The walk in Brackloon Wood on an overcast winter morning with the ever-present threat of more rain indicated a brisk dash around the looped trail rather than our usual ramble and dally savouring the delights of nature.
Squelching our way over a carpet of sodden leaves along the winding forest trail, edged with sessile oak, silver birch, hazel and hollies, it occured to me that there were better times to visit Brackloon Wood.
Like the early summer day some years ago when nature was springing into life once more – a woodland of unfurling green and flushes of delicately coloured wildflowers, all majestically serenaded by the unmistakable call of a lone Cuckoo, warming our heart at the thought of the migrant’s return.
But true to form, the capricious Mayo weather in its whimsy lifted its veil of grey. The mid-winter sun, casting its warm, low angled lance through gaps in the cloud, directed its beams of light to glow briefly on the shadowed forest floor of another of Mayo’s Celtic Rainforests.
Lush green ferns clinging to the crumbling banks of the Owenwee River contrasted with the faded ferns fringing the trail under an archway of leaning silver birch.
Our curiosity drew us to the sounds of the rushing river, swollen after weeks of rain, as it raced along its sinuous flow to nearby Clew Bay.
Stooping under leaning tree-trunks, we had entered a shadowy woodland of tangled branches, the shaded undersides as black as charcoal. A wet and dark jungle where the cycle of life and death was everywhere.
Even in lifeless winter, the forest floor of sodden deadwood and cushioned with beds of leaves creates a habitat for luxuriant mosses, flourishing ferns and leafy liverworts encrusted on fallen branches.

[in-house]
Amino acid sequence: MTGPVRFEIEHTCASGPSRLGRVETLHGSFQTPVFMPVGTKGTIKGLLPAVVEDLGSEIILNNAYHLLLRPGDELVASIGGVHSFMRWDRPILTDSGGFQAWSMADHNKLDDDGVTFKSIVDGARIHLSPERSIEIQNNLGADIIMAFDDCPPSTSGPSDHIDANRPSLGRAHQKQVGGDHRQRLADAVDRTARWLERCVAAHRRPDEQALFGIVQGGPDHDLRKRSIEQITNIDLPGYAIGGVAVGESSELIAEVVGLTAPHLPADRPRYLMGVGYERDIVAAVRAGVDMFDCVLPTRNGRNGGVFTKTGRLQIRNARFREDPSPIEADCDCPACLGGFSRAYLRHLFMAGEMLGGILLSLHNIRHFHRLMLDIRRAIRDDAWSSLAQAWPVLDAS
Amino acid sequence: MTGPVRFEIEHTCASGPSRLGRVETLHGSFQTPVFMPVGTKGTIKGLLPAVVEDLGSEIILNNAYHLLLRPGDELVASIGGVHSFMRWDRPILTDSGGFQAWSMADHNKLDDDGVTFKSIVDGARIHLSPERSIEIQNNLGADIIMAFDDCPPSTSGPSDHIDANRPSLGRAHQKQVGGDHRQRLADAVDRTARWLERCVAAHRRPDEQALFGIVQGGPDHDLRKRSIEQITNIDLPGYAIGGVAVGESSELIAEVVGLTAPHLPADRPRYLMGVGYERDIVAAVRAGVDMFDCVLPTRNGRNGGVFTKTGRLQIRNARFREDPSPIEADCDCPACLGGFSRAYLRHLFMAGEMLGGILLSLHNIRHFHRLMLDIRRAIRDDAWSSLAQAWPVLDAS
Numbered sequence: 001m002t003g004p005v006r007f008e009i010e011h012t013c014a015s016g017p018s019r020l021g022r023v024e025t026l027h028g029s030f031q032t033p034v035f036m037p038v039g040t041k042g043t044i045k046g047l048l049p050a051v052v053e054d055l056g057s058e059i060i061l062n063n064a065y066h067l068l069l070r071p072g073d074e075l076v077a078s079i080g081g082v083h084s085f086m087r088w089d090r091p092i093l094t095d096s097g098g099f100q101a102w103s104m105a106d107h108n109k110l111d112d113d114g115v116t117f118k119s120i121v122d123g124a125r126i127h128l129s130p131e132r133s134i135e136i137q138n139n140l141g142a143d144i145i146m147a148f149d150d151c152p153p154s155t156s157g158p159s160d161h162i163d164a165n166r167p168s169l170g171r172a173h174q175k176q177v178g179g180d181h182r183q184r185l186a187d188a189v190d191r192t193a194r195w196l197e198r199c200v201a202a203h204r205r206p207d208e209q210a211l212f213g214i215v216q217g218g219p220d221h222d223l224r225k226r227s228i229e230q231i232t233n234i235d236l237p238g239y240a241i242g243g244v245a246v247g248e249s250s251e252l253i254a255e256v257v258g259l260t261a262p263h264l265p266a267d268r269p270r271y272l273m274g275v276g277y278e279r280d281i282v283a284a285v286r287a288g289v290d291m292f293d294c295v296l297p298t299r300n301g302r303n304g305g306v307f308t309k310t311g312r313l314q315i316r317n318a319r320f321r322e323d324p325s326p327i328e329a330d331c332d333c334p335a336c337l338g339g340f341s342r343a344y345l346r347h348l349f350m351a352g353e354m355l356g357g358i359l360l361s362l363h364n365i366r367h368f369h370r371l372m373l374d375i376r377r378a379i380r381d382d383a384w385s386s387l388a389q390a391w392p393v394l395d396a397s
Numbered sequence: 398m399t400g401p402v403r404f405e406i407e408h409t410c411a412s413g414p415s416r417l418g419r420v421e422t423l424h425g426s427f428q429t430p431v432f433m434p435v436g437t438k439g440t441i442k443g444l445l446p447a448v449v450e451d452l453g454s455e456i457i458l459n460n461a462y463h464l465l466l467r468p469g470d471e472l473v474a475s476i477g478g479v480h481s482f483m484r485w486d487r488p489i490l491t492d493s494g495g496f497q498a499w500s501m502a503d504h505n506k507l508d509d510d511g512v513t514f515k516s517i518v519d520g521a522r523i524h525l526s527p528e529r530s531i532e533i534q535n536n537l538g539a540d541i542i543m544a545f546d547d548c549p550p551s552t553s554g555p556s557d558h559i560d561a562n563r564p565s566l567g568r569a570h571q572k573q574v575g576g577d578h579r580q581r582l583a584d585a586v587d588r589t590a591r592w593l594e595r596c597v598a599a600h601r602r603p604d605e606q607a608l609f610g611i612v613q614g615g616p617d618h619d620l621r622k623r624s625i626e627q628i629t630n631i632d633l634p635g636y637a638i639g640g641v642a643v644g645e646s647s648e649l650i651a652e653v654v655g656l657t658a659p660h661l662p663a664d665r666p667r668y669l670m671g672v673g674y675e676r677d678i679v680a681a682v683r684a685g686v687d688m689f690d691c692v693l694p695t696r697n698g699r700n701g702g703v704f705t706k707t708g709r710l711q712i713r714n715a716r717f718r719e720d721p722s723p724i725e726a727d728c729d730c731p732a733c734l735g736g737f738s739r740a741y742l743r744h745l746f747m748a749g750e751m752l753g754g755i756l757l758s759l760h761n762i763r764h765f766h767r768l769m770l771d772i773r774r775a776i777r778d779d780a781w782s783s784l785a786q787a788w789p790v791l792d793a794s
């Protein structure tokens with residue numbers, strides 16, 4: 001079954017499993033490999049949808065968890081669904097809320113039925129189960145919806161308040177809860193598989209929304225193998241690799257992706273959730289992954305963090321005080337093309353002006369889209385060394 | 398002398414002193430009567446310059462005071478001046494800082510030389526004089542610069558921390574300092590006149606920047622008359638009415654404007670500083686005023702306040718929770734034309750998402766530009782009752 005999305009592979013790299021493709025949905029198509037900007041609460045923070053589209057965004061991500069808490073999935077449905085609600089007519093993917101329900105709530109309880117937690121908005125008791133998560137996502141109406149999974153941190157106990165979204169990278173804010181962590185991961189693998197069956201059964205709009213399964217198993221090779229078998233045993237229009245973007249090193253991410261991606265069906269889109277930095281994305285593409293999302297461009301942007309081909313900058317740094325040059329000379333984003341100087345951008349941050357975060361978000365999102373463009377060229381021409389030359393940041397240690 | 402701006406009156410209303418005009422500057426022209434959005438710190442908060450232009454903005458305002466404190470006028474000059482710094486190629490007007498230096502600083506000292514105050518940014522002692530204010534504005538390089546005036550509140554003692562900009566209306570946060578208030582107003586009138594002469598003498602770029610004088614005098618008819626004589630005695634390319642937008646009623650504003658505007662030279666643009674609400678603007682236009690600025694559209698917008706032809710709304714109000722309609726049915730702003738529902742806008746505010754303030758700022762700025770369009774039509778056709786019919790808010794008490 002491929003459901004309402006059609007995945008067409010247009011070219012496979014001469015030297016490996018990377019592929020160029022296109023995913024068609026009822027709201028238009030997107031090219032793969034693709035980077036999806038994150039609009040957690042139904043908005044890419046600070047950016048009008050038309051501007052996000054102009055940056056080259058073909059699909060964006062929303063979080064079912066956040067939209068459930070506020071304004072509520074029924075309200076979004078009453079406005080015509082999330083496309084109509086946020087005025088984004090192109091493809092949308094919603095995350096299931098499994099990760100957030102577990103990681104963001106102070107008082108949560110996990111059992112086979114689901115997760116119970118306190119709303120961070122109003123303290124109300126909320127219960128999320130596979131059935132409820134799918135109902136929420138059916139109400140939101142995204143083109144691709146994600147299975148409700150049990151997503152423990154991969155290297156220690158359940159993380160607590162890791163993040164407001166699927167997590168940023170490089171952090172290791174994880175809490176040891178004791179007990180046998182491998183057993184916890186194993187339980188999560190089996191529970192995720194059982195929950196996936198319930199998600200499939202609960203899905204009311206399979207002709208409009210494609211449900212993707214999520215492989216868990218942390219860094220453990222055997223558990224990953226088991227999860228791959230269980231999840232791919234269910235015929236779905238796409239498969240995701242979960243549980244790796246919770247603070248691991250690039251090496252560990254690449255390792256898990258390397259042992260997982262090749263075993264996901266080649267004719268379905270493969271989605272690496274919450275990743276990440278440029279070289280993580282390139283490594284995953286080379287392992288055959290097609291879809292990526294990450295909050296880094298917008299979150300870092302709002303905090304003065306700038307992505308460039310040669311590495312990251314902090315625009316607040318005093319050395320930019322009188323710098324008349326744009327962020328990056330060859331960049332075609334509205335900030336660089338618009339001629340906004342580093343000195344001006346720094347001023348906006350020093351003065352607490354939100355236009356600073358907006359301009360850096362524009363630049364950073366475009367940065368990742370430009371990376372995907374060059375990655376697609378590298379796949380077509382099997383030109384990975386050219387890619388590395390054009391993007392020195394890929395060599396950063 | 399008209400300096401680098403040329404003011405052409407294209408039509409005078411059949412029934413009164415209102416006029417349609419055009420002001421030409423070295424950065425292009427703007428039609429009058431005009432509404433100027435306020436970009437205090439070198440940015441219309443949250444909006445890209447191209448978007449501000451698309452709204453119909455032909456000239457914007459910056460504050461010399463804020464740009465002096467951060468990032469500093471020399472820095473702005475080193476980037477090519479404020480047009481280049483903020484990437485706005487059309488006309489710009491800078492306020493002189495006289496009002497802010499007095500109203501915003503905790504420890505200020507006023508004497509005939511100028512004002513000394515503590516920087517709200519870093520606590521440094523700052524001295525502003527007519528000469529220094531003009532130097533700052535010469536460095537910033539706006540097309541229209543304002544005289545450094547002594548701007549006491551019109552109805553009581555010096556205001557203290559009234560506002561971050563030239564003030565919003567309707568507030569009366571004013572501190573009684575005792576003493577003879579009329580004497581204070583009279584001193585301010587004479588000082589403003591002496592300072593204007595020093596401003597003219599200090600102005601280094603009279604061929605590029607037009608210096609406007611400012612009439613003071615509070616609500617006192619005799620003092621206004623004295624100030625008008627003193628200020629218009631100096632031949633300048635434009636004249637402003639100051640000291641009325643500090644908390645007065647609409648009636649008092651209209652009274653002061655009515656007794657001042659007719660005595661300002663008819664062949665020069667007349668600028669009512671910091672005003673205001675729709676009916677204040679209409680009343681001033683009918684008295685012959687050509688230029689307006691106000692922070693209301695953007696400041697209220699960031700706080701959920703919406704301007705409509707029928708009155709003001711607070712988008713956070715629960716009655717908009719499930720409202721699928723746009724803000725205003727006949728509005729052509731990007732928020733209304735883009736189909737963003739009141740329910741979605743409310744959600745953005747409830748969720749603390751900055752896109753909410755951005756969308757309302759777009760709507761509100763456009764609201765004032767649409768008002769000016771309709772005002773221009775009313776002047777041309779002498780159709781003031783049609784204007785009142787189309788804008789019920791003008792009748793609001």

The slippery banks of the Owenwee needed to be navigated carefully. Under tangled skeletons of overhanging and unmoving trees, the river was a rushing torrent tumbling over mossy rocks and fallen tree stumps.
In places, stilled in pools, waiting to gush through a gap in the rocks, the water seemed to be caged by bare, overhanging branches. The last traces of the faded colours of fallen autumn leaves of purple, yellow, gold and brown daintily decorated the mossy river rocks.
Back on the trail, the hollies were stealing the arboreal show with their ruby red berries adorning burnished bushes of emerald green leaves, beautifully backlit by the forest’s ragged remnants of autumn colour.
Holly bushes have grown here for thousands of years. Right back to when Neolthic man first arrived in Mayo. In old Gaelic Ireland, holly was among the protected trees and in medieval times, it was classified among the most precious species of trees.
Brackloon may well be the oldest wood in Mayo. John Brown’s map of Connaught and his associated map of Co. Mayo, dated 1584, shows woodland depicted west of the Owenwee River in the Brackloon area.
So it’s heartening to know that the future of the forest is secure. The Government has a plan in place to protect and maintain the woodland’s natural habitat and for recreation, a new access into Brackloon Wood is being developed.